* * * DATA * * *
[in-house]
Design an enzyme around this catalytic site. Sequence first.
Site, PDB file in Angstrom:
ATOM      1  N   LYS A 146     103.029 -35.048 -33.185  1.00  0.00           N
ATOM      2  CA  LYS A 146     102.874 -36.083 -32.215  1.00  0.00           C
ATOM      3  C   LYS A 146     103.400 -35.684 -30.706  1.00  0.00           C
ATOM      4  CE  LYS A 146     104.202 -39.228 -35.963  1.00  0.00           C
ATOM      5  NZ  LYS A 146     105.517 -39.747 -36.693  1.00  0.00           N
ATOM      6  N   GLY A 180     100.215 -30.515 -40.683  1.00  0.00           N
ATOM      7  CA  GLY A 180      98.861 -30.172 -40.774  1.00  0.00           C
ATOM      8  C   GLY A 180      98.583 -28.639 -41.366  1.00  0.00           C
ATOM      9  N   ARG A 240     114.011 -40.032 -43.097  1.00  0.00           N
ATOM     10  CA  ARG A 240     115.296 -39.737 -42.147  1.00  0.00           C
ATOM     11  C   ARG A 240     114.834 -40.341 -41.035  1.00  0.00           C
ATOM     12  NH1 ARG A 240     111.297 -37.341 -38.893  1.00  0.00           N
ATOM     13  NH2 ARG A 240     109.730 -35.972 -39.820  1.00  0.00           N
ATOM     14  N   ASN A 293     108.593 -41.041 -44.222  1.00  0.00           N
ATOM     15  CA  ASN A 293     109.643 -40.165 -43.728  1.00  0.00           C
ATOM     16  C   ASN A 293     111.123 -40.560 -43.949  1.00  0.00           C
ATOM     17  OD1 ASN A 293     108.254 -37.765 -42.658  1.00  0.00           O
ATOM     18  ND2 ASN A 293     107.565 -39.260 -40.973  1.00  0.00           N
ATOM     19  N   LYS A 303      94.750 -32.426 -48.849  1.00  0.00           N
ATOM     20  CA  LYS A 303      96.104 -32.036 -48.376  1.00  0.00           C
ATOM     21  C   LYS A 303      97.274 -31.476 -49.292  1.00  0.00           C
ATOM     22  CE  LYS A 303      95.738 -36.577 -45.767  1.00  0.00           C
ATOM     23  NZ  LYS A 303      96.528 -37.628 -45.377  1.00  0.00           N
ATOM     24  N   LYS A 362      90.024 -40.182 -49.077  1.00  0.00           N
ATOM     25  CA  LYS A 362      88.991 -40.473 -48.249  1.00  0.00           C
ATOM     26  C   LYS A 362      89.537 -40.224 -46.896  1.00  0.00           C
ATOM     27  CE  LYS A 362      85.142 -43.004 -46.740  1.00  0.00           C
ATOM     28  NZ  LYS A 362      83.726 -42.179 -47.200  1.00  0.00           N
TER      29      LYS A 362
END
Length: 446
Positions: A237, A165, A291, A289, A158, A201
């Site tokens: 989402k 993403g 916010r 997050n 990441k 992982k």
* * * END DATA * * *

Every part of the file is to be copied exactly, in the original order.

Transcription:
[in-house]
Design an enzyme around this catalytic site. Sequence first.
Site, PDB file in Angstrom:
ATOM      1  N   LYS A 146     103.029 -35.048 -33.185  1.00  0.00           N
ATOM      2  CA  LYS A 146     102.874 -36.083 -32.215  1.00  0.00           C
ATOM      3  C   LYS A 146     103.400 -35.684 -30.706  1.00  0.00           C
ATOM      4  CE  LYS A 146     104.202 -39.228 -35.963  1.00  0.00           C
ATOM      5  NZ  LYS A 146     105.517 -39.747 -36.693  1.00  0.00           N
ATOM      6  N   GLY A 180     100.215 -30.515 -40.683  1.00  0.00           N
ATOM      7  CA  GLY A 180      98.861 -30.172 -40.774  1.00  0.00           C
ATOM      8  C   GLY A 180      98.583 -28.639 -41.366  1.00  0.00           C
ATOM      9  N   ARG A 240     114.011 -40.032 -43.097  1.00  0.00           N
ATOM     10  CA  ARG A 240     115.296 -39.737 -42.147  1.00  0.00           C
ATOM     11  C   ARG A 240     114.834 -40.341 -41.035  1.00  0.00           C
ATOM     12  NH1 ARG A 240     111.297 -37.341 -38.893  1.00  0.00           N
ATOM     13  NH2 ARG A 240     109.730 -35.972 -39.820  1.00  0.00           N
ATOM     14  N   ASN A 293     108.593 -41.041 -44.222  1.00  0.00           N
ATOM     15  CA  ASN A 293     109.643 -40.165 -43.728  1.00  0.00           C
ATOM     16  C   ASN A 293     111.123 -40.560 -43.949  1.00  0.00           C
ATOM     17  OD1 ASN A 293     108.254 -37.765 -42.658  1.00  0.00           O
ATOM     18  ND2 ASN A 293     107.565 -39.260 -40.973  1.00  0.00           N
ATOM     19  N   LYS A 303      94.750 -32.426 -48.849  1.00  0.00           N
ATOM     20  CA  LYS A 303      96.104 -32.036 -48.376  1.00  0.00           C
ATOM     21  C   LYS A 303      97.274 -31.476 -49.292  1.00  0.00           C
ATOM     22  CE  LYS A 303      95.738 -36.577 -45.767  1.00  0.00           C
ATOM     23  NZ  LYS A 303      96.528 -37.628 -45.377  1.00  0.00           N
ATOM     24  N   LYS A 362      90.024 -40.182 -49.077  1.00  0.00           N
ATOM     25  CA  LYS A 362      88.991 -40.473 -48.249  1.00  0.00           C
ATOM     26  C   LYS A 362      89.537 -40.224 -46.896  1.00  0.00           C
ATOM     27  CE  LYS A 362      85.142 -43.004 -46.740  1.00  0.00           C
ATOM     28  NZ  LYS A 362      83.726 -42.179 -47.200  1.00  0.00           N
TER      29      LYS A 362
END
Length: 446
Positions: A237, A165, A291, A289, A158, A201
């Site tokens: 989402k 993403g 916010r 997050n 990441k 992982k």